This month I’ve been trying to nudge the project of moving to Windows Server 2008 Terminal Services RemoteApp forward at the office. The goal is to get away from using a version of Citrix Presentation Server to access applications over the Internet. The needs of our office have changed and the new features with Terminal Services in Server 2008 make this something we want to adopt instead.
However, nothing is without an occasional bump in the road. Here a couple of ours:
Bump #1 – No way to filter which applications users see on the RemoteApp webpage.
I know this feature was added in Server 2008 R2. Unfortunately, we have to stick with the Server 2008 “classic” due to an important 32-bit application that does not install or run properly under WoW. We debated the importance of filtering the application list and decided it wasn’t a deal breaker. Or we can look at some third-party workarounds.
Bump #2 – Users with passwords set to “enforce change at next logon” can’t get past the TS Gateway.
We have to remember to handle first time password changes for users who only be using RemoteApp by NOT checking the enforcement box and instructing them on how to change there password after they launch an application. (CNTL + ALT + END does the trick from any launched application.)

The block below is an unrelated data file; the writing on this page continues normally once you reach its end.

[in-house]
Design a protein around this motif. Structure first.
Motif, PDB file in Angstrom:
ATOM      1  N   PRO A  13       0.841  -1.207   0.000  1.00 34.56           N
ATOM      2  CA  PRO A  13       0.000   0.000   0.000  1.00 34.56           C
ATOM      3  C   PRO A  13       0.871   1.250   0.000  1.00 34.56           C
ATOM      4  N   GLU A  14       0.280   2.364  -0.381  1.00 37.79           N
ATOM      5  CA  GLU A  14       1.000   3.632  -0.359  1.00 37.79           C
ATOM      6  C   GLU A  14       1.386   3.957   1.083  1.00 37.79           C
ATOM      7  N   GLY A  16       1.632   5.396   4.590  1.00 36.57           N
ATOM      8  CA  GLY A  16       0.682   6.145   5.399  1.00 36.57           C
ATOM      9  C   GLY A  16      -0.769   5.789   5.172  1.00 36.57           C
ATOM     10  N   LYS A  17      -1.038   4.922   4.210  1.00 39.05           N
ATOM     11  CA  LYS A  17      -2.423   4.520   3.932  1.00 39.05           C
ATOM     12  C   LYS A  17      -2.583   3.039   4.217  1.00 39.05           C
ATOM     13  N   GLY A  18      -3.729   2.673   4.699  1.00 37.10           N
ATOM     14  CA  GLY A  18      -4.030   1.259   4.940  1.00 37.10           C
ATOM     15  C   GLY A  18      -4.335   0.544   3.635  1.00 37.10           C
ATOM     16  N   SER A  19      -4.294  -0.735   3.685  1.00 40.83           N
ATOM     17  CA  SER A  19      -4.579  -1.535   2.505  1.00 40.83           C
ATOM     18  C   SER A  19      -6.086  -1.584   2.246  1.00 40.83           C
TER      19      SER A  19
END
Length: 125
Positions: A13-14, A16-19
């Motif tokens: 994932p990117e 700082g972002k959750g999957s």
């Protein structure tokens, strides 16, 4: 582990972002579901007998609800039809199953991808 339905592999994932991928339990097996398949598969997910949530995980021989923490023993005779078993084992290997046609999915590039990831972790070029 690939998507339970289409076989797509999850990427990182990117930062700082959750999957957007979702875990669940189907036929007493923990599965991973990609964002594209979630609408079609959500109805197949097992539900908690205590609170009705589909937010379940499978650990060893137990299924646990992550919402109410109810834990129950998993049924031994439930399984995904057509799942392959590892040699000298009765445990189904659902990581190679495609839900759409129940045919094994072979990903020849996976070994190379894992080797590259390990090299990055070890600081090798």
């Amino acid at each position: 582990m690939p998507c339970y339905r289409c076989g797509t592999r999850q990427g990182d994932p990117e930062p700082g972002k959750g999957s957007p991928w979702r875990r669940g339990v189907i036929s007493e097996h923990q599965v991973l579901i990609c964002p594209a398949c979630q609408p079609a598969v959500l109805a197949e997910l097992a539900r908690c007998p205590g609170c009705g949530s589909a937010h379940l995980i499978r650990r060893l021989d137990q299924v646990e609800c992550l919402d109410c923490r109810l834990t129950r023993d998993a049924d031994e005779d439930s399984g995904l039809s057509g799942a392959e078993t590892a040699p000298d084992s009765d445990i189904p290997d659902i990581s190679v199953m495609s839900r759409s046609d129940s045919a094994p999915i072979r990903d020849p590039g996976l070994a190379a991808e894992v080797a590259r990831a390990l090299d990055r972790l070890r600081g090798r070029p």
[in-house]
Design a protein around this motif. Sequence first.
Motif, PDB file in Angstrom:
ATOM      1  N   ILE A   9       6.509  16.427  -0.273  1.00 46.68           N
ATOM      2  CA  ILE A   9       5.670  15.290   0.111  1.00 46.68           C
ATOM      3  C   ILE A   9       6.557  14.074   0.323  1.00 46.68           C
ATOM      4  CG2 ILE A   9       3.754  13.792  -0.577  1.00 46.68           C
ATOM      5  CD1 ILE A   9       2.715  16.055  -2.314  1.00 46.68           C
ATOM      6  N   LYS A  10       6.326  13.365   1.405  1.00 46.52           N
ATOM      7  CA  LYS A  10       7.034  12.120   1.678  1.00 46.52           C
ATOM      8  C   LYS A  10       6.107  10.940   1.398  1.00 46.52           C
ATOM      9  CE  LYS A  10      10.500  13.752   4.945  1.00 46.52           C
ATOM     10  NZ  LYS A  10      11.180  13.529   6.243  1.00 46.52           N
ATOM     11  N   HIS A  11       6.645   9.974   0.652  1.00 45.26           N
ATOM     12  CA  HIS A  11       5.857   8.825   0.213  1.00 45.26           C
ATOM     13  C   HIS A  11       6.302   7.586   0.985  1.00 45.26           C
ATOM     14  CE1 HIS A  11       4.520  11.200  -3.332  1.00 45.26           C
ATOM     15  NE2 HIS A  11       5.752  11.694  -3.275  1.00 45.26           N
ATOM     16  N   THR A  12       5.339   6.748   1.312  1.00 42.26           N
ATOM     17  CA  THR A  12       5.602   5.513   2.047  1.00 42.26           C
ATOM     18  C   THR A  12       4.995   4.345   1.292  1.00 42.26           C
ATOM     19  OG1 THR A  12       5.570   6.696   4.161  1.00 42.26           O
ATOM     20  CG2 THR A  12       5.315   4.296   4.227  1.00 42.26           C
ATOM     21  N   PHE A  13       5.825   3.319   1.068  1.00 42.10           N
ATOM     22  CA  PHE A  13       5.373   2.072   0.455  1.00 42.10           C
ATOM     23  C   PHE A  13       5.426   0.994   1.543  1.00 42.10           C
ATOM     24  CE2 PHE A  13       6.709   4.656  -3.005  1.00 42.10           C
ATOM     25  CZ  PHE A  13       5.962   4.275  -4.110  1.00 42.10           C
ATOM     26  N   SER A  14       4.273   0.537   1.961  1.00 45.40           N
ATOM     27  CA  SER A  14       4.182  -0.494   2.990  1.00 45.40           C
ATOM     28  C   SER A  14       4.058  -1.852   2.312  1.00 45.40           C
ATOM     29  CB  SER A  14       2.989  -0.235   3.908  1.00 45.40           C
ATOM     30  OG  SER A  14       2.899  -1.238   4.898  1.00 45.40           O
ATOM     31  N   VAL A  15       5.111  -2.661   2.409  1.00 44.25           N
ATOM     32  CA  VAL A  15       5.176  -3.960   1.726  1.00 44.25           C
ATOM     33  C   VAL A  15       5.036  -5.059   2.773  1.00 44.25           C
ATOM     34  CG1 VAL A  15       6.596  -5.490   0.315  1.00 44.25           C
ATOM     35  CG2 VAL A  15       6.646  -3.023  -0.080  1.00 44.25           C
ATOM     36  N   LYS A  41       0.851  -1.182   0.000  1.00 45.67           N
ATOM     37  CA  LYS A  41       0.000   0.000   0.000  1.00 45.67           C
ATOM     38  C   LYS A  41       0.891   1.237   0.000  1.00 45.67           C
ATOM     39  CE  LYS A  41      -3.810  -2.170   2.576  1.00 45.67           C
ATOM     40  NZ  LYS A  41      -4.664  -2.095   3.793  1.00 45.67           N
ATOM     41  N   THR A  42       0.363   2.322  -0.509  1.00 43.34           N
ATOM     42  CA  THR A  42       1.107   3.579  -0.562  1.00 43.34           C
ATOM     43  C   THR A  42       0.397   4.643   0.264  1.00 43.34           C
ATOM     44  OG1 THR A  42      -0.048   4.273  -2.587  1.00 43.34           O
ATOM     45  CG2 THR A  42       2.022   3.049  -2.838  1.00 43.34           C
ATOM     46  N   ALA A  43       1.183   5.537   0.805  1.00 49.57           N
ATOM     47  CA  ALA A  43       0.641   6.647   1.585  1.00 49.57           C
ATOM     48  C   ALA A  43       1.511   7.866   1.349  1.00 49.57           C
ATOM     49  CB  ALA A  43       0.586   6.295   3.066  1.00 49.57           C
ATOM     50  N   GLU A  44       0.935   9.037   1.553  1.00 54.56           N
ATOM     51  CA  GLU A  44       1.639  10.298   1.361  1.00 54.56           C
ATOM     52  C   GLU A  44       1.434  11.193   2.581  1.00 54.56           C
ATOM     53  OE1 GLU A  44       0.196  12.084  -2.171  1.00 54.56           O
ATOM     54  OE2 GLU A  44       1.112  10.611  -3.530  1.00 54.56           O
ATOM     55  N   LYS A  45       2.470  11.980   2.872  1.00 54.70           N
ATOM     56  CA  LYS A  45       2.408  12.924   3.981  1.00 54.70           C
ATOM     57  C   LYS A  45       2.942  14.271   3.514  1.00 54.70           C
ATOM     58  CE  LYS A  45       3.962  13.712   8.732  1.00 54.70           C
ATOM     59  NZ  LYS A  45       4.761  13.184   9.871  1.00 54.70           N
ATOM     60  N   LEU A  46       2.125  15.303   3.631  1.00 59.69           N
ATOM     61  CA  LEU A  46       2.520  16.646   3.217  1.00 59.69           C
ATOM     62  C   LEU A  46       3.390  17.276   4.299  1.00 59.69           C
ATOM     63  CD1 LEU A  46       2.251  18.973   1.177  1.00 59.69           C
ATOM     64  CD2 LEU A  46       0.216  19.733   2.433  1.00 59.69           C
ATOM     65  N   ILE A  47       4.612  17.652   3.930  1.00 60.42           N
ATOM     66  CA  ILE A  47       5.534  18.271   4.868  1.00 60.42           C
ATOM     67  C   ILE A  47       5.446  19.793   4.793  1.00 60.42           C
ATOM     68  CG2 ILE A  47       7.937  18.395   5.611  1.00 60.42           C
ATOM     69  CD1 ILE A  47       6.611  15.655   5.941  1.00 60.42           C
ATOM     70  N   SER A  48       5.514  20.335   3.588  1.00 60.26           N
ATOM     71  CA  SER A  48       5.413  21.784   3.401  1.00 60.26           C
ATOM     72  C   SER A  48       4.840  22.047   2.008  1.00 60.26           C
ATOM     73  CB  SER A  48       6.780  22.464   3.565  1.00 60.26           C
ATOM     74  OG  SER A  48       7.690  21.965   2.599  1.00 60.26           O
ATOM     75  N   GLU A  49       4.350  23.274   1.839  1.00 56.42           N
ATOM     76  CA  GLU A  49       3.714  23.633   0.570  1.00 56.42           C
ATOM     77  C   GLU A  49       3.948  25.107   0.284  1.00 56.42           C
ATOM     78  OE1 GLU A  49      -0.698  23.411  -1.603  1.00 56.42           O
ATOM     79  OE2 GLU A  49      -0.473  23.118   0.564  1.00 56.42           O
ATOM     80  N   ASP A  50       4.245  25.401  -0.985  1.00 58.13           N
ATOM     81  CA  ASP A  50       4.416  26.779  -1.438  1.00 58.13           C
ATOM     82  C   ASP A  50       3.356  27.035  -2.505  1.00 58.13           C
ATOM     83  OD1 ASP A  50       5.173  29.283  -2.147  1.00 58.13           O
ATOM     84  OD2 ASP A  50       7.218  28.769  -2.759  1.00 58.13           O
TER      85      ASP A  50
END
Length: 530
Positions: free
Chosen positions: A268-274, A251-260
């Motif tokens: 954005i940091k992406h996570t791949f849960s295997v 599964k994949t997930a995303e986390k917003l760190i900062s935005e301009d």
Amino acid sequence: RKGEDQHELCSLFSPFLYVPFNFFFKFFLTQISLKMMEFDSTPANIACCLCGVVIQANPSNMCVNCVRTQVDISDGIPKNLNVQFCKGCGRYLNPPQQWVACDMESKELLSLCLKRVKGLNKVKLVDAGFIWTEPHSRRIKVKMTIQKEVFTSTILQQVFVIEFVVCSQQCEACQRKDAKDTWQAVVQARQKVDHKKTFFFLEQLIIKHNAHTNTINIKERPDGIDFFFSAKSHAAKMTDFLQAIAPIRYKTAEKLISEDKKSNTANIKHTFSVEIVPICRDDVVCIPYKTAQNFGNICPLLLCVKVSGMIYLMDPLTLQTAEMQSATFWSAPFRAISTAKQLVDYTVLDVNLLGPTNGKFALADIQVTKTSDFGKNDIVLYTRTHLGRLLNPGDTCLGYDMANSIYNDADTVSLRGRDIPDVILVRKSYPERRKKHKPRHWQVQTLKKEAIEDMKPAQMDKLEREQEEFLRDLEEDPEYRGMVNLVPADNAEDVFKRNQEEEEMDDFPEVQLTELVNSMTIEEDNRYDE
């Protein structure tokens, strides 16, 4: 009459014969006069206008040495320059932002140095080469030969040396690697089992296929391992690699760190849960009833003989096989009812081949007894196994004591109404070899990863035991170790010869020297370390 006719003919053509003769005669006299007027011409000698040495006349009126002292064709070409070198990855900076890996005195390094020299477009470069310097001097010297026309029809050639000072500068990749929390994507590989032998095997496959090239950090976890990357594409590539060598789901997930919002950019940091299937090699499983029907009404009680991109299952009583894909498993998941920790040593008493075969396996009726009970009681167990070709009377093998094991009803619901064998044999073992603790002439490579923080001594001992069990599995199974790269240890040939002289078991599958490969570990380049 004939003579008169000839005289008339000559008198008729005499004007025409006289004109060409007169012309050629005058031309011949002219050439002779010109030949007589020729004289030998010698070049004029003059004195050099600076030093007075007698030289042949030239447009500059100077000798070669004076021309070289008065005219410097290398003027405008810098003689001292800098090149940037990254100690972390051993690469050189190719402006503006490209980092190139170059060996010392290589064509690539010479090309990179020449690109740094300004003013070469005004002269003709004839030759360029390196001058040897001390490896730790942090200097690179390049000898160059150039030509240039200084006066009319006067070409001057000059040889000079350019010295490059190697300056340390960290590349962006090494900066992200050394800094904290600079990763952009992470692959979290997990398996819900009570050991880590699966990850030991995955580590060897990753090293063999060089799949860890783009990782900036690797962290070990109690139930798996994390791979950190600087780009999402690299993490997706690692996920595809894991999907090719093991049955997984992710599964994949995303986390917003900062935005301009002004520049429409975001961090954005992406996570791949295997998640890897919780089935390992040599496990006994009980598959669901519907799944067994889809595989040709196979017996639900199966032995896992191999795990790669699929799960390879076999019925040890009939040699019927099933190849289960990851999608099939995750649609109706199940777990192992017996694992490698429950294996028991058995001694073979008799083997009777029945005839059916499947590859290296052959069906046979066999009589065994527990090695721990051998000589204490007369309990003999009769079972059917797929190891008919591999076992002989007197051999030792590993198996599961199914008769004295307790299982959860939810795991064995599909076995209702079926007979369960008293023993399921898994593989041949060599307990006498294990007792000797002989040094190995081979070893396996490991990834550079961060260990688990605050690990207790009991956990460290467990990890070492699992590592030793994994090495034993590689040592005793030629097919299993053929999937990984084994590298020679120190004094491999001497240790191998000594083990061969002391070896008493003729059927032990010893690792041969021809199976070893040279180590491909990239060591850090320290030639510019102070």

Bump #3 – No support for Macs with the Mac version of the RDC client.
Ouch. We only have a few employees that use a Mac at home and we’ll have to continue offering GoToMyPC to meet their needs. Not what I’d like to do, but hopefully support for the Mac will come along soon.
Bump #4 – Limitations with multi-monitor support.
Microsoft KB925876 gives some of the details of what type of multi-monitor support is available with Server 2008 Terminal Services and should automatically support spanning if your monitors meeting the configuration requirements. Those rules are: the total resolution on all monitors must be under 4096 x 2048 pixels; the monitors must have the same resolution; the monitors must be aligned side-by-side; and the far left screen has to be the primary one.
This is pretty limiting, especially if you have a laptop connected to an external monitor and want to take advantage of both screens. Or have monitors set up in configuration where one is turned vertically. Or any other number of possible configurations. Windows 2008 R2 improves on this as well, but as noted in #1, we just can’t quite use that yet.
So yes, we’ve got a few bumps, but nothing that would keep us moving forward with the project at this point. Our remote access isn’t supposed to be used by someone as a long-term way to work, nor is used with a frequency that demands extra capital expenditures to overcome a few relatively minor issues.